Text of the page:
This December I spent a few mornings in Detroit. This took me to the Packard Plant, the Brewster Recreation Complex, and The Avalon, the neatest cafe in the city. One morning was spent with photographers; the other with a cellist from the Michigan Opera Theatre.
I haven’t been in a parade since I was 10. That year, it was in May, and it was the May Day “Blue Army” parade on Ouellette Avenue. I was an altar boy at a Catholic Church in Riverside, Ont. (now part of Windsor). The bishop of London was there to bless us. Hundreds of altar boys, nuns, priests, Knights of Columbus members, all marching in the faith. We were the answer to the May Day parades in Moscow. Or so we were told. It was the 1950s. We feared an attack by the Russians. Any day.
And so I was thinking of this as I was asked to be in yet another parade. This time as an adult. This time for Santa Claus. I was there as the Poet Laureate. I stood in the cold waiting for the white 2008 Mustang driven by 22-year-old Holly, a dental assistant in Windsor. It was such a relief slipping into the seats of her car, the heater full blast to warm my cold feet.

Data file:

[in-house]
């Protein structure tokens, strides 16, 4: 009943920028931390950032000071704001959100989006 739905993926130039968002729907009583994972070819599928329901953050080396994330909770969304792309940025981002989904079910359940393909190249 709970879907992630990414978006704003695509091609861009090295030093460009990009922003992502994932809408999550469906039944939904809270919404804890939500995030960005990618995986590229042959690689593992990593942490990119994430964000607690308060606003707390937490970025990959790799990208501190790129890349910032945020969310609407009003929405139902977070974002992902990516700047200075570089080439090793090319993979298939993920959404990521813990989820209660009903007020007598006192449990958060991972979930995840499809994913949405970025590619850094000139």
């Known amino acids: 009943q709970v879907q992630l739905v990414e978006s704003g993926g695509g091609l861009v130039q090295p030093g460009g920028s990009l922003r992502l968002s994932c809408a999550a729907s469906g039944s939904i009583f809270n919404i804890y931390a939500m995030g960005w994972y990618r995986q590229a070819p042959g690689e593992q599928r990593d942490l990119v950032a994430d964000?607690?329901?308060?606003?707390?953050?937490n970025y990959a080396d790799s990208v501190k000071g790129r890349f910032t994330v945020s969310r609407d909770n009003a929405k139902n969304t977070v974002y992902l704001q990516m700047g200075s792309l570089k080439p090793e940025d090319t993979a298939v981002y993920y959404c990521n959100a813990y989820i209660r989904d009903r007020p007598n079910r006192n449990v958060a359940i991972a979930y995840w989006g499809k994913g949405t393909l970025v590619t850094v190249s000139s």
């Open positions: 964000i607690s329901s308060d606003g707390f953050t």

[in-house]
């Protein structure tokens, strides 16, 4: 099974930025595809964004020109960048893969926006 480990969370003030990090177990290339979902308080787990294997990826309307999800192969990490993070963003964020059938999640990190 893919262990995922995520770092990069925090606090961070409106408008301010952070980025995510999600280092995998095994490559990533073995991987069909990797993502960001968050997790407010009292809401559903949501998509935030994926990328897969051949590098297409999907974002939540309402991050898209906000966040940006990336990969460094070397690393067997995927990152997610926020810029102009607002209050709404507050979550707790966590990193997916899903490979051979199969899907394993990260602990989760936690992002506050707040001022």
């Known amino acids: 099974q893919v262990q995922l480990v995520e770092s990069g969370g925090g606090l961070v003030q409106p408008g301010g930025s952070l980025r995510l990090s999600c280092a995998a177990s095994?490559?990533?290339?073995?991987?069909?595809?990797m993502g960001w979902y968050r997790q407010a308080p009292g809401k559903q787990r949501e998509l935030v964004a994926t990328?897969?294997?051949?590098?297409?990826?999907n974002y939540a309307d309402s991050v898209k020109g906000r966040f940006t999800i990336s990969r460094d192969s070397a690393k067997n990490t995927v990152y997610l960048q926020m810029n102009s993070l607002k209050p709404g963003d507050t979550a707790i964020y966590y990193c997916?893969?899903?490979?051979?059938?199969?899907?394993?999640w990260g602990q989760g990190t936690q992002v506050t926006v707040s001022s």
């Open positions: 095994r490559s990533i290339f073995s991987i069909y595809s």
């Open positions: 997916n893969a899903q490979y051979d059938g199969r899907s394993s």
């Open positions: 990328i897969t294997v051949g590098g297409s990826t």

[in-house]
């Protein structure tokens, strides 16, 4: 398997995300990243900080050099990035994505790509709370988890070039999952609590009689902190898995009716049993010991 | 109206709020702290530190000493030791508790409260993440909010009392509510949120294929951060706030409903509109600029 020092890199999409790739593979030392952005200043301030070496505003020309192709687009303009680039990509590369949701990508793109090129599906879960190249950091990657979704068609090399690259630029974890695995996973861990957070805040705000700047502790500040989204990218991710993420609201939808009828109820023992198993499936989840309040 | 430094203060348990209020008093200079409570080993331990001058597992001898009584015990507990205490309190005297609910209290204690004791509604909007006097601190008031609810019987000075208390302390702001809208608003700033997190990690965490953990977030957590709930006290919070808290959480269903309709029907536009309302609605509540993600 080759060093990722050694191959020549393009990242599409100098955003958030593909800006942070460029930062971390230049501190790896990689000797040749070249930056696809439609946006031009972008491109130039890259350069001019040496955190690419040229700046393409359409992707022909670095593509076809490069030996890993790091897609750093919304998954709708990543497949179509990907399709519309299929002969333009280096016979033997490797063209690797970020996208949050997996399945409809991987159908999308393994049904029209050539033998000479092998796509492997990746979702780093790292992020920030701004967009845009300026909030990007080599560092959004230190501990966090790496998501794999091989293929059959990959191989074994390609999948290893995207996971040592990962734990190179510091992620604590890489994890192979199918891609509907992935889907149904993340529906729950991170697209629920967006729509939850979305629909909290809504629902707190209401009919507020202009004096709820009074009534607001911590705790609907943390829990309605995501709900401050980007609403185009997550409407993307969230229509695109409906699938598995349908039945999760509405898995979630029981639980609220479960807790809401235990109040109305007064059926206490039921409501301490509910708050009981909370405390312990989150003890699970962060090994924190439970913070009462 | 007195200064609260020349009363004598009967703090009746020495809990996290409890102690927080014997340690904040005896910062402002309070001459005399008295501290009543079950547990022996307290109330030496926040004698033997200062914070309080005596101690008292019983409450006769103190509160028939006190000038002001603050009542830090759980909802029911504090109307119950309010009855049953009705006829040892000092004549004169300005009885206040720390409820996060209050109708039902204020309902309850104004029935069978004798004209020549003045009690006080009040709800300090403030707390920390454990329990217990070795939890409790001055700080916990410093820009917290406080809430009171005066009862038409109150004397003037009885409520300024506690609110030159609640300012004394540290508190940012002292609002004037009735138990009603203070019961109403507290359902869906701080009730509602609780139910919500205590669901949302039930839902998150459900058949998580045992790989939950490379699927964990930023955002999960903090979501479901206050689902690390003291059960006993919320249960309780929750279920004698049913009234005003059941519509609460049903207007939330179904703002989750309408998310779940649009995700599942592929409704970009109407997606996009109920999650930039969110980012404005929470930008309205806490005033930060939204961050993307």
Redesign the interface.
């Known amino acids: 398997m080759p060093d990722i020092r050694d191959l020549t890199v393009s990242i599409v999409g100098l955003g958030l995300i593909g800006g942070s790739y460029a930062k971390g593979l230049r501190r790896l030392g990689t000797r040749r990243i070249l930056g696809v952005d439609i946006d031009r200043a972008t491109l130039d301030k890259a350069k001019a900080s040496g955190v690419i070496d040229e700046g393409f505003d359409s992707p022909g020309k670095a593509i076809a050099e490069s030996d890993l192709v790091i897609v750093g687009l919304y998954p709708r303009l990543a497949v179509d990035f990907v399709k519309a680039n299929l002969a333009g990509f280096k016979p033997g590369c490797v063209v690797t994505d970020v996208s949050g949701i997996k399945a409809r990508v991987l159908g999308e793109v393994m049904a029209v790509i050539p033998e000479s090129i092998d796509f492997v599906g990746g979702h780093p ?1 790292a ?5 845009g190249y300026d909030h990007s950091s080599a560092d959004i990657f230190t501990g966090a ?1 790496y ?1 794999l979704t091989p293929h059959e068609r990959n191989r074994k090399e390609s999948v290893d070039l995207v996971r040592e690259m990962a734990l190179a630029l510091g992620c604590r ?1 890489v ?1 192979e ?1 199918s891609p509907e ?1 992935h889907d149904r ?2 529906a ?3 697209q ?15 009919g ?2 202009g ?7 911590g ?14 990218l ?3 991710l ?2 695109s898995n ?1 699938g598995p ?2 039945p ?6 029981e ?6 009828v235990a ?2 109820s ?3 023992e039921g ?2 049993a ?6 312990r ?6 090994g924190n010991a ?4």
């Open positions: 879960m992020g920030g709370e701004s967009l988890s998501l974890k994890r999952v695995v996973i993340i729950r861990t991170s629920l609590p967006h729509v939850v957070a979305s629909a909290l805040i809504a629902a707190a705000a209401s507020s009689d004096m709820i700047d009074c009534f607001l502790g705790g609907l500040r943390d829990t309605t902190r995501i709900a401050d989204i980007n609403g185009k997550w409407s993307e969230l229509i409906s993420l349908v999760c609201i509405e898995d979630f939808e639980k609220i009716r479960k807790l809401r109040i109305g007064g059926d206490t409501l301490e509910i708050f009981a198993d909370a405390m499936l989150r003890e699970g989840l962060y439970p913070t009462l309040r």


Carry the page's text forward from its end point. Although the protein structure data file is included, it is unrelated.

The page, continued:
I was so amazed at the crowds along Ouellette Avenue. And I recognized so many people. This was spectacular. So well worth doing.
The other day, I went back to 167 Ferry Street, now former home of The Windsor Star. (The Star has moved to the old Palace Theatre building) I wanted to walk through the empty newspaper office where I worked. I wanted to see the old Crabtree Press that was installed there in 1954. I fondly remember its thundering presence. I felt compelled as Poet Laureate of Windsor to write about this place of storytelling in Windsor’s history. I felt compelled to share these images in photographs and words.